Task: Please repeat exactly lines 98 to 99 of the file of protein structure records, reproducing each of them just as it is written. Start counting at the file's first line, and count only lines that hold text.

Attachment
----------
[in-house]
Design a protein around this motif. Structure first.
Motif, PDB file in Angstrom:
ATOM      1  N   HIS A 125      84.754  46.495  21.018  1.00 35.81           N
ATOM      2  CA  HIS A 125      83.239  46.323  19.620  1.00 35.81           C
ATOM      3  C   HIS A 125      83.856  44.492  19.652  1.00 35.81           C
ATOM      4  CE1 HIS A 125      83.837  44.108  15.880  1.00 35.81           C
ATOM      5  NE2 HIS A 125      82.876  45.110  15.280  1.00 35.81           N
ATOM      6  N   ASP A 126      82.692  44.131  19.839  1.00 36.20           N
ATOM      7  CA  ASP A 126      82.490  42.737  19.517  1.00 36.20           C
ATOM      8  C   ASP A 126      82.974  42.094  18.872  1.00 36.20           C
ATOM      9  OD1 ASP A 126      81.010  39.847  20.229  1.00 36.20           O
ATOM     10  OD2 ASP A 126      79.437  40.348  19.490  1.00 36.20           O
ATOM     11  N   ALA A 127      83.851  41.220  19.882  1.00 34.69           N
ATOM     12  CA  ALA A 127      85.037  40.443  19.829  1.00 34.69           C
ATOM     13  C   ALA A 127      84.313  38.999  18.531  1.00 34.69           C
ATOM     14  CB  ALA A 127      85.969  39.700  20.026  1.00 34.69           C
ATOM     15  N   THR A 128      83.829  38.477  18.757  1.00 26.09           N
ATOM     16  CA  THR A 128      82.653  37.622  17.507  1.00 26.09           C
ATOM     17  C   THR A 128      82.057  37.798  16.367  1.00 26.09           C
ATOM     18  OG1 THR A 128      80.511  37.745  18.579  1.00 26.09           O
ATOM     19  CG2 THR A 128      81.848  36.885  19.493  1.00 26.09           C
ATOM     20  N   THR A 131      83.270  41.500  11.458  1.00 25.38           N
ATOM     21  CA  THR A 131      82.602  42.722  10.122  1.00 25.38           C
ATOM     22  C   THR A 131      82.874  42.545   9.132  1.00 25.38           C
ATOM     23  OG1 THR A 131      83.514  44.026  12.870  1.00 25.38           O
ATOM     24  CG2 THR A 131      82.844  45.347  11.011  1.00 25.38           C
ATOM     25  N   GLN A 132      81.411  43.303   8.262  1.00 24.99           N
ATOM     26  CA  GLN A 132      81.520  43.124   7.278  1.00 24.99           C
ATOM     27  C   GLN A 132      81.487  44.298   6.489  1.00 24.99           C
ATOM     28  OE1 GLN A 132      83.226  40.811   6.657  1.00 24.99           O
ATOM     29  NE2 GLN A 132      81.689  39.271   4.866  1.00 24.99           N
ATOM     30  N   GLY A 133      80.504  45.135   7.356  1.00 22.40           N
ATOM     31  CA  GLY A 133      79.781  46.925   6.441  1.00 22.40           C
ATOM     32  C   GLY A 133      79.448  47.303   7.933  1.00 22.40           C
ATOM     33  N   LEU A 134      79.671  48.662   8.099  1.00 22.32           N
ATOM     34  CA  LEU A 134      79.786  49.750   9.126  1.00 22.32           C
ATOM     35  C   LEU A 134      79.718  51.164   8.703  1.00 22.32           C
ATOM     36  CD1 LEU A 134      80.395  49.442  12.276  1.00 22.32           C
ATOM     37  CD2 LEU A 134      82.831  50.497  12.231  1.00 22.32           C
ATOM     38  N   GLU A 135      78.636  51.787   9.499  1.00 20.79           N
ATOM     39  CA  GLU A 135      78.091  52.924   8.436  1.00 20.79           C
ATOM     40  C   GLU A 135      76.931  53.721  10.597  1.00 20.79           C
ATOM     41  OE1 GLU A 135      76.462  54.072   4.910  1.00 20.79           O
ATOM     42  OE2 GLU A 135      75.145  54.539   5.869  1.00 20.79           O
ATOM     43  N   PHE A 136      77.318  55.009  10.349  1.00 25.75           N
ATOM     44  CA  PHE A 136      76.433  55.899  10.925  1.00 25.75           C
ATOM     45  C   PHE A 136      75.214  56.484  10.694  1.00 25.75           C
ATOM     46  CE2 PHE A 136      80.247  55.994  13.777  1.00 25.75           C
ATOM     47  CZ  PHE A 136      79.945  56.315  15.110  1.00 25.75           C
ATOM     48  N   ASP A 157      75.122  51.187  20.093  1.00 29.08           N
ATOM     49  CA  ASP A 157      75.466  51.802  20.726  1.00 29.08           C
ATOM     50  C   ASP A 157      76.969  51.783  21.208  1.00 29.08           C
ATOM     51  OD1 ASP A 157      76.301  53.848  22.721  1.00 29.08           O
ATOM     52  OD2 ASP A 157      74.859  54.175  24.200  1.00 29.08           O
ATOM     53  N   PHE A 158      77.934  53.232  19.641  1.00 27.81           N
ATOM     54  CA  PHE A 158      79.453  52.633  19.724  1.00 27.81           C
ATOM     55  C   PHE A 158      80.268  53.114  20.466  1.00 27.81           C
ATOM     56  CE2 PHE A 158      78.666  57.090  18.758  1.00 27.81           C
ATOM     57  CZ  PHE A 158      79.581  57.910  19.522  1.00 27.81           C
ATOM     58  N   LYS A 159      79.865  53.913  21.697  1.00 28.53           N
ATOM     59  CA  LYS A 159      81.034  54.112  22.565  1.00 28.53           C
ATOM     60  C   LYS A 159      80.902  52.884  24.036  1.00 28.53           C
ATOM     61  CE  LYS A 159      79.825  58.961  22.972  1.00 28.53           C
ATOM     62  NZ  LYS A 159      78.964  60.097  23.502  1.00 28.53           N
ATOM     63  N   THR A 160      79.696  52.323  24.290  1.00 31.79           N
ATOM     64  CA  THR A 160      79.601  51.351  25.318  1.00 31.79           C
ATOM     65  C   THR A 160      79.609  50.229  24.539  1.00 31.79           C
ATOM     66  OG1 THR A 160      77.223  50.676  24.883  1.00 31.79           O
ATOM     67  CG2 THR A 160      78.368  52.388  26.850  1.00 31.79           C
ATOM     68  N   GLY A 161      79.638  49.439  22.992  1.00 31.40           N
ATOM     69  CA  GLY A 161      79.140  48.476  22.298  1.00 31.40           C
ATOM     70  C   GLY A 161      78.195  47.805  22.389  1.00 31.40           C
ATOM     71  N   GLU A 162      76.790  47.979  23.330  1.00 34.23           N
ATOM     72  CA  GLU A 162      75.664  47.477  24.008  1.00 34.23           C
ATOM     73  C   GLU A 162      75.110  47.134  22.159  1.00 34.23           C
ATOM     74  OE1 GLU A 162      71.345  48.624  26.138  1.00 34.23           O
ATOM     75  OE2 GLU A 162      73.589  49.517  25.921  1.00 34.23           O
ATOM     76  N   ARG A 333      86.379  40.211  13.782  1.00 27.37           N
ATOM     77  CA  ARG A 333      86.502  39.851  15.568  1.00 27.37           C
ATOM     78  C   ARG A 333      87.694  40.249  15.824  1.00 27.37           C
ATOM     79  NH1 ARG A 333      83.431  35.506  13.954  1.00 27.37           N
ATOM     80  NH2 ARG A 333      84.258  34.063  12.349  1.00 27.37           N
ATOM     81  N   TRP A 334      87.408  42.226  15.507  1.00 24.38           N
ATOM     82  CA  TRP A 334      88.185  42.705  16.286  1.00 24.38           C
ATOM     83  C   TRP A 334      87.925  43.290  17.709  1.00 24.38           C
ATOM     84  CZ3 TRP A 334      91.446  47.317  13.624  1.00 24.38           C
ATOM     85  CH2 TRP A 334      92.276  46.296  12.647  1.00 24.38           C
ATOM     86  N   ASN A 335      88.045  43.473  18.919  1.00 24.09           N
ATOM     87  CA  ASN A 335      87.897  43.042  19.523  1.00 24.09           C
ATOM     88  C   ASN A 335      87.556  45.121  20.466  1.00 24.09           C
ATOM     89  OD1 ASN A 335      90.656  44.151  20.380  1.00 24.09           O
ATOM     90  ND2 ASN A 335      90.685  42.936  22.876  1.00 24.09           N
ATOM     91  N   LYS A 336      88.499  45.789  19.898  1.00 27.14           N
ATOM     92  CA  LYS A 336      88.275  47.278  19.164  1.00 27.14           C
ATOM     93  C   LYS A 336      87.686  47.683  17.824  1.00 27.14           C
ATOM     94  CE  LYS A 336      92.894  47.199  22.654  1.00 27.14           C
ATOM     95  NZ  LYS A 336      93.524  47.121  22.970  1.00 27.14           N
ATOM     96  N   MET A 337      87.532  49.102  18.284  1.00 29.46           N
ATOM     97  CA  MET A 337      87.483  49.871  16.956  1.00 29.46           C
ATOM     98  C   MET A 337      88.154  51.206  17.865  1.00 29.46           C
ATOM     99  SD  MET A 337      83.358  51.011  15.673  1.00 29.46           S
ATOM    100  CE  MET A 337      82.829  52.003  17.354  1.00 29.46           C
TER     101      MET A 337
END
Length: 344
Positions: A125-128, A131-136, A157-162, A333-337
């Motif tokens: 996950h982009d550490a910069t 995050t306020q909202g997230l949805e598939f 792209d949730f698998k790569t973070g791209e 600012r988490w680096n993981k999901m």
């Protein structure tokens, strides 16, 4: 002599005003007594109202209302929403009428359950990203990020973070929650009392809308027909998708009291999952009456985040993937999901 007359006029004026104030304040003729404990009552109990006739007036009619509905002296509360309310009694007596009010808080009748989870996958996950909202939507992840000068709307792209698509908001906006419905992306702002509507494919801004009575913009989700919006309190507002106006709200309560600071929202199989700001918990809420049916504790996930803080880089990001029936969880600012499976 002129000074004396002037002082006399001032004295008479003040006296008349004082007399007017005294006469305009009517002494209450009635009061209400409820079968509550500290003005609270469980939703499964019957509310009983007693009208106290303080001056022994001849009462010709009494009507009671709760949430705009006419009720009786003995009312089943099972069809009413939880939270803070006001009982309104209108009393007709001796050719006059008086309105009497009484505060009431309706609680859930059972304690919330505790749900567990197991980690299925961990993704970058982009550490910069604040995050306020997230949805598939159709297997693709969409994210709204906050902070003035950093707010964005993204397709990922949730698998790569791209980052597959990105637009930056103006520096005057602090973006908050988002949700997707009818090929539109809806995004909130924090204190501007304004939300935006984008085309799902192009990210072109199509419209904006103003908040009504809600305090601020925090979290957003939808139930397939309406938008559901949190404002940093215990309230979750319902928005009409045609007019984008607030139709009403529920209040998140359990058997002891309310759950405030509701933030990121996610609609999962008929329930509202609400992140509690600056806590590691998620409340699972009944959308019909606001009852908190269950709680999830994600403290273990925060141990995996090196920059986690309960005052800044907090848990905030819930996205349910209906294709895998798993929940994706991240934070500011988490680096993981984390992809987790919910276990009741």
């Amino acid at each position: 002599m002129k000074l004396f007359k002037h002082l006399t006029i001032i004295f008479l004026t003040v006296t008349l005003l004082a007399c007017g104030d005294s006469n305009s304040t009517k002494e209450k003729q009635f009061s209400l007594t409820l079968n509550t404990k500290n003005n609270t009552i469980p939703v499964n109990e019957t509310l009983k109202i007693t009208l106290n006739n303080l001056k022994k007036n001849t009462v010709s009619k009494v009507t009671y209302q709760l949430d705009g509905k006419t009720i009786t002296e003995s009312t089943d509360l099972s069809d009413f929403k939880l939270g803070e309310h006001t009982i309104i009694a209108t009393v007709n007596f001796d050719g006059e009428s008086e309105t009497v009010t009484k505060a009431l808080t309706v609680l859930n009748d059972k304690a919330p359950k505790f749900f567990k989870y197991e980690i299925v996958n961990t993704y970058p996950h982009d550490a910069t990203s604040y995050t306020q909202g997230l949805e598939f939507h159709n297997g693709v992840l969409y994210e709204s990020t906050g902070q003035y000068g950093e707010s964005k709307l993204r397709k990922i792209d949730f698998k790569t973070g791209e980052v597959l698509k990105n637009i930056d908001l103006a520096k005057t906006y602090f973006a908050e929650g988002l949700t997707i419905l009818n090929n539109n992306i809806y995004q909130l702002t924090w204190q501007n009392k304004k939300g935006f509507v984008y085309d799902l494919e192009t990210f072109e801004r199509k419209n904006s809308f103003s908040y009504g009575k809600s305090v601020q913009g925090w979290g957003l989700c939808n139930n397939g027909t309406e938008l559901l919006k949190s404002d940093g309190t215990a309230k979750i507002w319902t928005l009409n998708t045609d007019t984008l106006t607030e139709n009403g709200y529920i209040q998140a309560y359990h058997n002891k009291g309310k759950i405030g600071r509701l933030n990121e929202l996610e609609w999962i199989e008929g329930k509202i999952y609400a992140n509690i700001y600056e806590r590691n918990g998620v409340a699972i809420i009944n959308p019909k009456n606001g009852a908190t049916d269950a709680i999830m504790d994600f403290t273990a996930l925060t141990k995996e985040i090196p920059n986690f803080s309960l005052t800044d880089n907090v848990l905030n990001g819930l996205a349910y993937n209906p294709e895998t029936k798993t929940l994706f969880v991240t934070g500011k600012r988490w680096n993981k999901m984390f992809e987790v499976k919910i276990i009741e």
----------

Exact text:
ATOM     95  NZ  LYS A 336      93.524  47.121  22.970  1.00 27.14           N
ATOM     96  N   MET A 337      87.532  49.102  18.284  1.00 29.46           N